Florian Muller

Florian Muller is primarily interested in mitochondrial free radical production and its relation to aging and cancer. Dr. Muller’s team proposed a novel strategy for molecular targeted therapy in cancer, exploiting vulnerabilities exposed by passenger deleted genes (“Collateral lethality”). His group presented proof-of-principal data for one example of this strategy, where glioma cells with passenger deletion of the glycolytic enzyme, ENO1 are selectively sensitive to inhibition to its redundant homologue, ENO2.

The Muller lab’s near-term career goal is to develop a small-molecule Enolase inhibitor for in vivo proof-of-principal, and ultimately, as a clinical candidate for the treatment of cancers which harbor deletions of ENO1. The secondary goal is to demonstrate the universality and expand the utility of this therapeutic strategy to other passenger deleted genes. Their tertiary goals are to use genomic deletions in cancer to gain insight into the basic biochemistry and metabolism of human cancer, as well as to utilize this knowledge for imaging purposes. With an innate curiosity and strong satisfaction from basic discovery, their outlook is strongly translational and their success will be measured by whether or not a compound is brought to the clinic.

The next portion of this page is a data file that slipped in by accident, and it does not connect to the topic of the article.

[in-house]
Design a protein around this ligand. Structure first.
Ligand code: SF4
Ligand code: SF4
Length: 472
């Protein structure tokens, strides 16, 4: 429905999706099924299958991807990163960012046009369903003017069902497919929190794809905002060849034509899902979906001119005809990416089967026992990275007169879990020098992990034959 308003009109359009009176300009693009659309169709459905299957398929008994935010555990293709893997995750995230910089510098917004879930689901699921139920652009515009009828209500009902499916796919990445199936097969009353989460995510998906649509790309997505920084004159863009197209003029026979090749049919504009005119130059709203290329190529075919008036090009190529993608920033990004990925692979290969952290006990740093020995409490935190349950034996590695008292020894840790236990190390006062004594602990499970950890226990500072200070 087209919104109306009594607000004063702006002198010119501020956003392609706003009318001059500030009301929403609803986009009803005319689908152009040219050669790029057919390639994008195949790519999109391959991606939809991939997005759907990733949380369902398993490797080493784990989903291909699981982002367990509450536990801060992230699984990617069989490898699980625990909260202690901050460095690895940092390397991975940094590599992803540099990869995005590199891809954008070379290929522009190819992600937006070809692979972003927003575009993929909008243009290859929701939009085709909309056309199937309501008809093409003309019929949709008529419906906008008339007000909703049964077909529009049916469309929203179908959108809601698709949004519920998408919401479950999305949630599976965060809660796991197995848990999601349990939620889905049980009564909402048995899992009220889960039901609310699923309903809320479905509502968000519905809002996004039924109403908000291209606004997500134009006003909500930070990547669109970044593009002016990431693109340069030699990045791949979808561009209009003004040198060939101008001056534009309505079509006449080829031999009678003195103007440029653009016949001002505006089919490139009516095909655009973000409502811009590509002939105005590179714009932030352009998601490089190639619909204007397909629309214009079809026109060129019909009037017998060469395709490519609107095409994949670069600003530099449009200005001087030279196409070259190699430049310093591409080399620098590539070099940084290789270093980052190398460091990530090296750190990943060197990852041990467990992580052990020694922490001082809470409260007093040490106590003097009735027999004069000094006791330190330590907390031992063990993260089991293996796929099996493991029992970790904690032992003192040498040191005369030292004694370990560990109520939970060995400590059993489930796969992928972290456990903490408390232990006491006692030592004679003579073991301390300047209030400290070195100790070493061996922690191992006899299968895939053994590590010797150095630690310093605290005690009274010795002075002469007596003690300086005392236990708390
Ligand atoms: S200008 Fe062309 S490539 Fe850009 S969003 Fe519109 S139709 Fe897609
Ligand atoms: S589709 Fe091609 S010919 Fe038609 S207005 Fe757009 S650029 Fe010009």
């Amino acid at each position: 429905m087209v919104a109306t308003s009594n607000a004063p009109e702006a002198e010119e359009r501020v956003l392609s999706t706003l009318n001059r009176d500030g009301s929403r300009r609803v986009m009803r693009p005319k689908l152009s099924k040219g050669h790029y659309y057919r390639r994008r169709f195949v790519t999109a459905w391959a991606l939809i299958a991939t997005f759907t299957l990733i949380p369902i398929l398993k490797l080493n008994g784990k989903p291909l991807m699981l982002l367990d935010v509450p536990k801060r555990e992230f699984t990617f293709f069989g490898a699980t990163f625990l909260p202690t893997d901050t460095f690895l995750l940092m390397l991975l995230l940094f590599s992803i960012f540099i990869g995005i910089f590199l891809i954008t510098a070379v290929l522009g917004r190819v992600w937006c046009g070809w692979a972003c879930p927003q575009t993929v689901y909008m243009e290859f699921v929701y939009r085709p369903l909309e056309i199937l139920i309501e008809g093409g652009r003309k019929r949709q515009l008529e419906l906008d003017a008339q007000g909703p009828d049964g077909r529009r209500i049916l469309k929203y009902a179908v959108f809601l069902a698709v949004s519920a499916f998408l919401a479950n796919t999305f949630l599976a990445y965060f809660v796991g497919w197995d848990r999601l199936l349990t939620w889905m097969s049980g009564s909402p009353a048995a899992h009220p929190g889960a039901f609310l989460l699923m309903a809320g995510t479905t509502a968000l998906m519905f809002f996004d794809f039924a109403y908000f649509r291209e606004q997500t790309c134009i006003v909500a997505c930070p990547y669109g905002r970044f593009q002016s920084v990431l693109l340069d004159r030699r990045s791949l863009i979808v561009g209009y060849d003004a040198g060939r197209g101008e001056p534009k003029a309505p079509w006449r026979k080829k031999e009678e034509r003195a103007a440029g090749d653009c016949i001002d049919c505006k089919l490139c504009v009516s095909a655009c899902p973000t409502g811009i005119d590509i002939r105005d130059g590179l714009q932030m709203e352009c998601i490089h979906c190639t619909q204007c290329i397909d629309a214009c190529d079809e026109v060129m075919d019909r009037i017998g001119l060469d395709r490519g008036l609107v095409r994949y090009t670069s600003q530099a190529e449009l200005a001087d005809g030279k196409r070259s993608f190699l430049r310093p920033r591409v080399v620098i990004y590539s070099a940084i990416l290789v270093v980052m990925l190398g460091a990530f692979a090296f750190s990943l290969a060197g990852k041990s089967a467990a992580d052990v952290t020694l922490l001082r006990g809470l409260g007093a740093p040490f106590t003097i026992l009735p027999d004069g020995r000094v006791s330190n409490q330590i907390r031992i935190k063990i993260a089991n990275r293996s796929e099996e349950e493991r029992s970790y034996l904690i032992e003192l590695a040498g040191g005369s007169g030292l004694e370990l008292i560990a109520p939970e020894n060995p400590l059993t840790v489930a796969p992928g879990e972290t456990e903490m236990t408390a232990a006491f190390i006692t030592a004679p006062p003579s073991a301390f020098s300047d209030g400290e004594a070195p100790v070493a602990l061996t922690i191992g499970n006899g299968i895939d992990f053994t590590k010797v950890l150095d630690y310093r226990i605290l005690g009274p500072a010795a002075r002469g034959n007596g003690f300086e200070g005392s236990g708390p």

Country: USA